Do you like to be scared? Not the oh-my-gawd-there’s-a-madman-with-an-axe-chasing-me-down-the-corridor type of scared, but the ‘safe’ scare of a good horror film or book, the type of scare where the monster stays safely inside the cinema or the pages of your book? I do. While you’d never catch me on a rollercoaster, the thrill ride of literary or filmic horror is something I actively seek out. With this in mind, and in the belief that I’m not alone in this, I thought I’d share with you my top five favourite scary books and films. This post will be about the books and I’ll share my scary movies next week. Continue reading “My Top 5 Horror Books”
West Seattle Blues is the second outing for music journalist Laura Benton. Set several years after Emerald City, Laura is now married with a son who is almost walking and a husband in the book business. She still works, albeit not as much as she used to, writing reviews and doing occasional interviews. When the editor of The Rocket calls Laura and asks her to contact old country singer Carson Mack (great name), who thinks his life story would make a good book, Laura isn’t convinced.
She goes to see Carson and when he realises she’s the one who solved the murder of Craig Adler, he convinces her to help him find the son he has never known. Of course, this book coming from the pen of crime writer Chris Nickson, murder and intrigue soon come knocking at Laura’s door and she finds herself yet again pulled into the dangerous side of Seattle life.
I like Laura. She is a strong independent woman who is doing her best in her new role as wife and mother. She adores her son and works hard at being the best mother she can. Her life is very different from the way it was in her last outing and Nickson portrays her struggle with desiring part of her old life, and the guilt this causes her, well.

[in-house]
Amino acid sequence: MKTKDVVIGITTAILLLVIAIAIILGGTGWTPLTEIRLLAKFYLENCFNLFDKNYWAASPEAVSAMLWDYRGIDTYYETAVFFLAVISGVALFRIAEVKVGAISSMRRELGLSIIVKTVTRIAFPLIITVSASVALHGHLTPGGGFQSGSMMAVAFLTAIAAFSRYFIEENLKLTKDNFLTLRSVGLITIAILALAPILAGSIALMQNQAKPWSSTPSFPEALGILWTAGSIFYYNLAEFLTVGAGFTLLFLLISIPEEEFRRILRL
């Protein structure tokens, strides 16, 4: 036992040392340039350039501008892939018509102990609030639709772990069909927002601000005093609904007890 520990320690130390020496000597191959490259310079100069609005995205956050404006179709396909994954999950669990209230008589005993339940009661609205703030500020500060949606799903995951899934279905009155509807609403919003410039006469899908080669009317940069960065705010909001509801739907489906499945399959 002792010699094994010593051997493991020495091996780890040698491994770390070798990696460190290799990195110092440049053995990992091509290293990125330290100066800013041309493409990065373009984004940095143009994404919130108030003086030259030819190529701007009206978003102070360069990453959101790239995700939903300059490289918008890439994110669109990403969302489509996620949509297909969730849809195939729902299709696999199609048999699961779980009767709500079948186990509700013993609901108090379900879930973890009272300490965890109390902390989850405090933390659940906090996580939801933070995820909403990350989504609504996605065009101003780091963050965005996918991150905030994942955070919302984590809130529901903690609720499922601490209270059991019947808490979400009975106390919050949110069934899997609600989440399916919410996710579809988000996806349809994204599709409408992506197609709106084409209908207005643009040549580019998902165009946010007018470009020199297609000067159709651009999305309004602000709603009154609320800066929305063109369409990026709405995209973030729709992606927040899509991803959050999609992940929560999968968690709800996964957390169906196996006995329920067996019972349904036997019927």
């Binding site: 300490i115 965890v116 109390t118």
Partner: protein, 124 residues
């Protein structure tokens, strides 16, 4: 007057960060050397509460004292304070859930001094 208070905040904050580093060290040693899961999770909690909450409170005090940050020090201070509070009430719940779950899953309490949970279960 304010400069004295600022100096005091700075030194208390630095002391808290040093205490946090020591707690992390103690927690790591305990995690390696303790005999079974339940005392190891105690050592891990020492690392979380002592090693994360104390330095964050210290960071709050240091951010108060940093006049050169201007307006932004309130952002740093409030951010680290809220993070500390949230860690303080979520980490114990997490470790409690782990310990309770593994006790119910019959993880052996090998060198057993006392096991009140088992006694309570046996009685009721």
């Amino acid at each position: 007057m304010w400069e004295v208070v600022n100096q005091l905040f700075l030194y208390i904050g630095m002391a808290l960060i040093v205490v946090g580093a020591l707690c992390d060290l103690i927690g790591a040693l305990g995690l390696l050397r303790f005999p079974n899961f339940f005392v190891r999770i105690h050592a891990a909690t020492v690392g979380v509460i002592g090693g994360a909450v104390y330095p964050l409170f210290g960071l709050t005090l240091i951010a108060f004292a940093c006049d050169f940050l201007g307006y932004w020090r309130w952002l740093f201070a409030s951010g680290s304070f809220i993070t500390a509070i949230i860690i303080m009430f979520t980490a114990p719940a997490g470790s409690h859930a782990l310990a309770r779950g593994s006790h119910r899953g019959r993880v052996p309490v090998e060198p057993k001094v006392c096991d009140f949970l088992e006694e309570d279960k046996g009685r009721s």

The author shows his love and experience of Seattle on every page. He never shoves his intimate knowledge down the reader’s throat, but uses it to lend a very real sense of place to the world the story inhabits.
I loved Carson Mack. I want to listen to his music, so well and believably has he been written. In fact, each character has been written with great attention to detail and as a reader, I couldn’t help but root for, or against, each one. The only exception to this is Laura’s husband, Dustin. He is well written, yes, but…I’m not convinced he is the man the Laura Benton I knew from Emerald City would have married. But perhaps it is the character’s conventionality that Laura was attracted to after the shocking events she experienced then.
Regardless, this is a well written crime novel from a writer in command of his craft, well paced, expertly plotted and peopled with characters I cared about. I can’t wait for the final book in the Emerald City trilogy.
I love a book which conjures me away to a different time, a different life and The quick, the debut novel by Lauren Owen certainly ticks those boxes.
Brother and sister James and Charlotte live in Yorkshire where, in the absence of parents (a dead mother and disinterested father), they are looked after by household staff. Charlotte, the elder of the two, teaches James to read and write and together they explore the sprawling grounds of their house. When their father dies the purse strings are tightened, and while Charlotte goes to live in reduced circumstances in a cottage on the grounds with Mrs. Chittering, their father’s relative, James is sent off to school and university. James’s ambition is to become a writer and he heads to London where he shares rooms with Christopher, a rather louche and urbane young man.
As the months go by, the men’s friendship deepens and when accompanying his friend to his mother’s home for dinner, James is introduced to Christopher’s family and quickly realises that something is very wrong. And when the gentlemen from the Aegolius Club get involved, matters go from bad to worse.
The story is told from various viewpoints. As well as James and, later, Charlotte, we enter the heads of a sycophantic scientist (via his notebook), a young urchin girl and a wire-walking adventuress (via her diary). While this device works well in filling in a lot of backstory, I found that I felt somewhat removed from the experiences of the various characters. At one crucial point of the story we leave James’s point of view and never return to it and this is where, in my opinion, the book falls down. I’d have preferred to go back to his story at least once more and felt that I had been left hanging, unsatisfied.
Having said this, each character is drawn well with their own voice, the language is beautiful and Owen’s new take on an old genre – I won’t tell you more because I don’t want to give any spoilers – is interesting and fresh. The title is attention grabbing and I think that when you find out exactly what – or who – the quick are you may, as I did, find the irony in that title.
A very competent book and I look forward to reading more from this talented new writer.
The quick is published on April 3rd 2014.